For many years, a perplexing phenomenon has made its way into real estate markets across the country: where there is a high concentration of same-sex couples, real estate tends to be more expensive and appreciate in value faster.
The trend was made famous by a 2001 study by Richard Florida and Gary Gates, which found that there was a higher concentration of those identifying as gay in cities that were also vibrant centers of technological progress and innovation. Their theory was that places that were open-minded would also be economically vibrant.
But even as same-sex marriage and gay culture is increasingly accepted across the United States, this trend has continued, according to a new analysis from Ralph McLaughlin, a housing economist at the real estate website Trulia. McLaughlin studied the prices and price appreciation of homes, from 2012 through 2015, in neighborhoods with the highest concentration of married same-sex couples, both among male and female pairs. He found home prices increased on average 23% in zip codes with high concentrations of male same-sex couples and 18% for neighborhoods with high concentration female same-sex couples.
What’s even more interesting, and perplexing, about McLaughlin’s analysis is that the “gayborhood effect” isn’t simply a product of the fact that same-sex couples live in cities that have dynamic economies. That’s because when you compare the neighborhoods with high concentrations of same-sex couples to the broader metro areas where these neighborhoods exist, you still find higher prices in the so-called gayborhoods. Writes McLaughlin:
As it turns out, home prices in almost all of the gayborhoods that we look at in this study are more expensive than their metros as a whole. For example, homes in the Castro neighborhood of San Francisco cost $948 per square foot – which is 34% more expensive than the San Francisco metro area ($705 per square foot), while places like West Hollywood, CA and Provincetown, MA are 123% and 119% more expensive, respectively. The only gayborhood that isn’t more expensive than its respective metro is Guerneville, north of San Francisco, CA, which is only 2% cheaper per square foot than its metro area.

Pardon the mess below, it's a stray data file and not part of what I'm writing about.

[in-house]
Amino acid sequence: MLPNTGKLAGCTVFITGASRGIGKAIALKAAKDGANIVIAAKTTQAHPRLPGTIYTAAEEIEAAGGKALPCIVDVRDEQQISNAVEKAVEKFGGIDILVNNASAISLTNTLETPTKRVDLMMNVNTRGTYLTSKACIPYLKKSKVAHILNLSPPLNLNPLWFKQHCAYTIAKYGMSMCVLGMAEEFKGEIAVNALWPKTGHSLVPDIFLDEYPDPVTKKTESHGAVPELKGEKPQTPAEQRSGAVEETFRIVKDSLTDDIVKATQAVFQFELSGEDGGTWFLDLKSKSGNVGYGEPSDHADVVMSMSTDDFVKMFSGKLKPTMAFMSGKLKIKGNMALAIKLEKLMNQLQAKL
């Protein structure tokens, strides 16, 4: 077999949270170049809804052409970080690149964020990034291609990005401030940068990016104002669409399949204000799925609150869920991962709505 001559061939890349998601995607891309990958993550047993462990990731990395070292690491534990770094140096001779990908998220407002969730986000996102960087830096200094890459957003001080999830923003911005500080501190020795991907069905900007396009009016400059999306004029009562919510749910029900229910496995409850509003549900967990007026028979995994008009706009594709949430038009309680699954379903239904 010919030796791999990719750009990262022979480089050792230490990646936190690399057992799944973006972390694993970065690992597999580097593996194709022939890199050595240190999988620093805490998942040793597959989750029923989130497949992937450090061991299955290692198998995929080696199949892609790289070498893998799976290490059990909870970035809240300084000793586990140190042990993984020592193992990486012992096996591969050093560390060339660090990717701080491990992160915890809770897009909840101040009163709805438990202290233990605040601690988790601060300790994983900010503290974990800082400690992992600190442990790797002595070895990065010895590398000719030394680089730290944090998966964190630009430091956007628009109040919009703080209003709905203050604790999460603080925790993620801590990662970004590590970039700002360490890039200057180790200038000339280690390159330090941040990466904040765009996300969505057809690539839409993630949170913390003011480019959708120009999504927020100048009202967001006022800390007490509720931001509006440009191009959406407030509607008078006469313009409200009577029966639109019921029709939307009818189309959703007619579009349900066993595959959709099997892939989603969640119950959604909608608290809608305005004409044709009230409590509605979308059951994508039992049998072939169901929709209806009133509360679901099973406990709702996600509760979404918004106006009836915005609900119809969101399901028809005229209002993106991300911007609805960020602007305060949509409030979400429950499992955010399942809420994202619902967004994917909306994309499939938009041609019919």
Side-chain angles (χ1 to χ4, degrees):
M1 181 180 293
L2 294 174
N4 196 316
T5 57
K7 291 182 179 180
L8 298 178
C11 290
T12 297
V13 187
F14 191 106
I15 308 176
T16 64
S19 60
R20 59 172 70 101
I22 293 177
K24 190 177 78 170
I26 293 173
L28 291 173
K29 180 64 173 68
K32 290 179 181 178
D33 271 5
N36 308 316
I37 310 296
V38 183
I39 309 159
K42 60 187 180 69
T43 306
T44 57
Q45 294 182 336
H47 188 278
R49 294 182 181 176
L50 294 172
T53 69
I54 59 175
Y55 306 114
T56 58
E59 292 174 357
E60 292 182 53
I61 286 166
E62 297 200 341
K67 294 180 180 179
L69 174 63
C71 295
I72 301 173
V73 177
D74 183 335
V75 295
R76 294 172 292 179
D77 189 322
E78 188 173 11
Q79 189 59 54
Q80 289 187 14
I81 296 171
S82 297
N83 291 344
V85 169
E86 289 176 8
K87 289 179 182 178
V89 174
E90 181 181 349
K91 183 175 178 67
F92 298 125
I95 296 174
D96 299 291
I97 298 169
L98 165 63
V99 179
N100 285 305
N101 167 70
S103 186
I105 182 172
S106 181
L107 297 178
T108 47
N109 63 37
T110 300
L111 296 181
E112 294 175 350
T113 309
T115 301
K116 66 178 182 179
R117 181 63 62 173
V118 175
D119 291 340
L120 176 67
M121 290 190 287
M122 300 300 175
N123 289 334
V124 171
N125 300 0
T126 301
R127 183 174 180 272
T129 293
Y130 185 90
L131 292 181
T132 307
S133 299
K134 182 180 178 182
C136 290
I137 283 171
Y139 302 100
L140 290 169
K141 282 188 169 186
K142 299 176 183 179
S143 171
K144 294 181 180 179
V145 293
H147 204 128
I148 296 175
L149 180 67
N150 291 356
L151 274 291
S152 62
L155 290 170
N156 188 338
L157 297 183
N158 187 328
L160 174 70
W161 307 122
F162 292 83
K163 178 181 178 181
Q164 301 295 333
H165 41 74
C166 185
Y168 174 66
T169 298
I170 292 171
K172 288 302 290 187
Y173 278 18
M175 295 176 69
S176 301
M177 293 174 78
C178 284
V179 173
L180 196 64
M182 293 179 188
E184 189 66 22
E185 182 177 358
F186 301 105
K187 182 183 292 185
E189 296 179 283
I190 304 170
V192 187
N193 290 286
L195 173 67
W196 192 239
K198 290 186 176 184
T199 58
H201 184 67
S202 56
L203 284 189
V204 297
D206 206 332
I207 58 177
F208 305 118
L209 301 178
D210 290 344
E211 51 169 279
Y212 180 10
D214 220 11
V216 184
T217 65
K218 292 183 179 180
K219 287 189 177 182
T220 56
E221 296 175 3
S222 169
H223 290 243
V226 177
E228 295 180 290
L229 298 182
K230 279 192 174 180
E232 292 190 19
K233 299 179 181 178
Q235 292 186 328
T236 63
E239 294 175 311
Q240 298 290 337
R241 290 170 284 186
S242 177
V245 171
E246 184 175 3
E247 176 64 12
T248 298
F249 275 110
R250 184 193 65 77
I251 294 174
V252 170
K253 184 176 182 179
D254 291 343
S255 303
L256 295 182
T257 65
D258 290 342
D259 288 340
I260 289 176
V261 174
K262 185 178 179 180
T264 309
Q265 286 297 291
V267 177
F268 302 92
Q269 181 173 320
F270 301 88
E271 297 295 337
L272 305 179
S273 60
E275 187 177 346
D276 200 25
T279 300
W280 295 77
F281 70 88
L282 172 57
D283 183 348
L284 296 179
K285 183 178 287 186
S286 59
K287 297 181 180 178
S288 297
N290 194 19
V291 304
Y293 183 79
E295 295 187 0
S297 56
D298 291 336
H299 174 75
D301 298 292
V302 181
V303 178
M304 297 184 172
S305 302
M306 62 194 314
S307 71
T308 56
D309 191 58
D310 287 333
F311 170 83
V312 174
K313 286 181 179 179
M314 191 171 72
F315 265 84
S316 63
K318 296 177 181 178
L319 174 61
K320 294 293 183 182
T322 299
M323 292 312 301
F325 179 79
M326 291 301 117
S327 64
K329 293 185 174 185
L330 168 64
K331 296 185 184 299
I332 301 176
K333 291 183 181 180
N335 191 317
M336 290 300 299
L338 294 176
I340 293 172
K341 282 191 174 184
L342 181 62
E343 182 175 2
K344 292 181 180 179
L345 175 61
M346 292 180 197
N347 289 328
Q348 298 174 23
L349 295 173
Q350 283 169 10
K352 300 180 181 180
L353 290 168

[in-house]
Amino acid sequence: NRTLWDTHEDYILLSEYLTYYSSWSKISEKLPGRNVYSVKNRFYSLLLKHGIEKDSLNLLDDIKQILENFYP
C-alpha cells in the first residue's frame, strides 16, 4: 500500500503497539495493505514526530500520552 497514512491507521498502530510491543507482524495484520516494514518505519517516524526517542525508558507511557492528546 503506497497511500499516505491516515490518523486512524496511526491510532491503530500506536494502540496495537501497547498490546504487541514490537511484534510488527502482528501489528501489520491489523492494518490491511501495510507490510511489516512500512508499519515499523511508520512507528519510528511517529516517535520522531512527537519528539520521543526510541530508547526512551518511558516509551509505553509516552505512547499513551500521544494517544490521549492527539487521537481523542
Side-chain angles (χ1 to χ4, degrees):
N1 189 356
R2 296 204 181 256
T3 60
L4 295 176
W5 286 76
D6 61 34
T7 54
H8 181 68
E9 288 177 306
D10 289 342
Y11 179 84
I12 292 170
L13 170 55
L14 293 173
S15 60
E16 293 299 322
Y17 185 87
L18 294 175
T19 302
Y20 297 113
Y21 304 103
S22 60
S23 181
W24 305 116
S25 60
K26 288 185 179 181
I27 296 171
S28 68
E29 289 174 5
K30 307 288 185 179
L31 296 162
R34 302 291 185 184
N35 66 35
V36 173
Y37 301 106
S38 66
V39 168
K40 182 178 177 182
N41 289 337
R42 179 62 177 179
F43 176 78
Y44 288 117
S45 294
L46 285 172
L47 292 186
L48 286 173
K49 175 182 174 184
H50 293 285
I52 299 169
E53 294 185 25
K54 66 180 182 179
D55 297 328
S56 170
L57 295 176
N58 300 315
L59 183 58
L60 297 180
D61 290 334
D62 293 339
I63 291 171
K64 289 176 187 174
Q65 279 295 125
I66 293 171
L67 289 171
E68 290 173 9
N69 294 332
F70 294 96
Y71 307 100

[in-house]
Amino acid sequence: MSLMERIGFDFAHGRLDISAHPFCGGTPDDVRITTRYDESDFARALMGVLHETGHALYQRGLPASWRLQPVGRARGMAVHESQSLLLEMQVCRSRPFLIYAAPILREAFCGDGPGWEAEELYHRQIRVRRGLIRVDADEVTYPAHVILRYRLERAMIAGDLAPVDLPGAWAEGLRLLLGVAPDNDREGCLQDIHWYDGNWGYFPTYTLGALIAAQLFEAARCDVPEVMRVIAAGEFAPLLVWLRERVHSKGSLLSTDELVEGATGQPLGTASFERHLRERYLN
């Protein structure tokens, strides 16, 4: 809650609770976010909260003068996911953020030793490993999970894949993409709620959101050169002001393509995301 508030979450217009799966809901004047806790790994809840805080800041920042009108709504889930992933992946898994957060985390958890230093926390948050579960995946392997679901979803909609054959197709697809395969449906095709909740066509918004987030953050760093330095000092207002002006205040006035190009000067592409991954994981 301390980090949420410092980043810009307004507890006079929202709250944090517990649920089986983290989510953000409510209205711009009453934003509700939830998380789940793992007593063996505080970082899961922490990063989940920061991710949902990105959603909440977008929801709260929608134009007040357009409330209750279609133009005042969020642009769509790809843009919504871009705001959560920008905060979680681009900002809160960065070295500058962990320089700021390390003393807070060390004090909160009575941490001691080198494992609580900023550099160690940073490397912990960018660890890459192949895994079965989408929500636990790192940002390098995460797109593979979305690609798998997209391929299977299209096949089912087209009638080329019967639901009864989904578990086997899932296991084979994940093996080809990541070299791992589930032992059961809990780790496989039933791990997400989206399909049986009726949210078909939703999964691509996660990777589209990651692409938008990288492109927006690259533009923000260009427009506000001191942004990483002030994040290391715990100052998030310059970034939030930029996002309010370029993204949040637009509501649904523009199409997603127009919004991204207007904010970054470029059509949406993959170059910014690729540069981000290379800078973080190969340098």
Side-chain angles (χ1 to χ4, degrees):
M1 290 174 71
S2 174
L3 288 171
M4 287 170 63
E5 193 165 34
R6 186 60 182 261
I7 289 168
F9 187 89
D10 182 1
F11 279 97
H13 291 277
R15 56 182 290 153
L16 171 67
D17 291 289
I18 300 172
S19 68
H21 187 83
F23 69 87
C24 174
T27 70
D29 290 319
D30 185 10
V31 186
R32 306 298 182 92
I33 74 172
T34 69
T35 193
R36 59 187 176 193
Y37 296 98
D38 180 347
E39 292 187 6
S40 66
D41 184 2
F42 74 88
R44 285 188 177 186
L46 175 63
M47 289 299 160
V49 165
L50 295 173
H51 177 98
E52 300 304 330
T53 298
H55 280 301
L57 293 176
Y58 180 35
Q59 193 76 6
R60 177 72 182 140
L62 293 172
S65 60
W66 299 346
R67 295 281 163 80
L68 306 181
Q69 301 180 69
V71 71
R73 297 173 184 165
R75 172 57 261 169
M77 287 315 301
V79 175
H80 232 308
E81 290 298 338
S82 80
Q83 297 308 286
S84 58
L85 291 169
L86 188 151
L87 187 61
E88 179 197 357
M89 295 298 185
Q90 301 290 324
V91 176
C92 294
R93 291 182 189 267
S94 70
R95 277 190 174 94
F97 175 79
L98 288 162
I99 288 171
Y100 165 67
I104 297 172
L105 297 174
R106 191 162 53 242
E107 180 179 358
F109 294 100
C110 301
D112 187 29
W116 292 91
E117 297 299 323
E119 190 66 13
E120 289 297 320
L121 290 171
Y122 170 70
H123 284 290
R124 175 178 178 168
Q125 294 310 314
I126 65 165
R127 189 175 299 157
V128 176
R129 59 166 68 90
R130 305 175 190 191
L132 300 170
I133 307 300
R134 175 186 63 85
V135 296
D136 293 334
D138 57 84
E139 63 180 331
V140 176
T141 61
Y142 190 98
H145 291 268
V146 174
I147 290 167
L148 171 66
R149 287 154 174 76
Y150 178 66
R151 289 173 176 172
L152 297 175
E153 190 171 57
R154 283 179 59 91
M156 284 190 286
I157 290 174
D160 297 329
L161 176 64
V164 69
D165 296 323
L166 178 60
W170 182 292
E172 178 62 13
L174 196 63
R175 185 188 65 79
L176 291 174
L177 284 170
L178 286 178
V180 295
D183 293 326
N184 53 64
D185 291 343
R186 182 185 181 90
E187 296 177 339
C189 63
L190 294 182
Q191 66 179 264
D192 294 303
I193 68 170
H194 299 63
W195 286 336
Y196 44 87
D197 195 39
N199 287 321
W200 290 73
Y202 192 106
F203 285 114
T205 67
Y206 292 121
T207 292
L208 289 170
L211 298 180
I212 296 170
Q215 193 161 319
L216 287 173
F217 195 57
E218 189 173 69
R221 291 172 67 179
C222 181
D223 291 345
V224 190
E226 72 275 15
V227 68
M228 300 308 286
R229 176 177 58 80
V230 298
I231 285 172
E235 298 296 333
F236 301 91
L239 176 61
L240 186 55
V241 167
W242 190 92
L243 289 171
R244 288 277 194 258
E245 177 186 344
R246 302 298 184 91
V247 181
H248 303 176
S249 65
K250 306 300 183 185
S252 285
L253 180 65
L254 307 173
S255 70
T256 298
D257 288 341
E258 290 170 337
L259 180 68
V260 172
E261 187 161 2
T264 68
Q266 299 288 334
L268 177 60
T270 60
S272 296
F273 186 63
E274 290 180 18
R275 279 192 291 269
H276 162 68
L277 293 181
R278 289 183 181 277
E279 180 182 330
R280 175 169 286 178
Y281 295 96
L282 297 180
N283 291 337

Furthermore, when looking at home price appreciation rather than absolute value, McLaughlin found that neighborhoods with high concentrations of female same-sex couples are appreciating faster than than neighborhoods with high concentrations of male same-sex couples. Here’s the possible explanation he offers:
The top gay men neighborhoods are places where prices were already high relative to their metros, and thus were not hit as hard during the housing crash as other less expensive neighborhoods within their respective metros. Second, gay women couples are 2.4 times as likely to have children than gay men couples, so it could be that gay women seek up-and-coming neighborhoods with good schools to raise their children.
Either way, this analysis would seem to contradict Florida and Gates’ original hypothesis that it was the city-wide culture that made places with high concentration of gays more expensive than other cities, because even neighborhood-by-neighborhood, more gay couples mean higher home prices.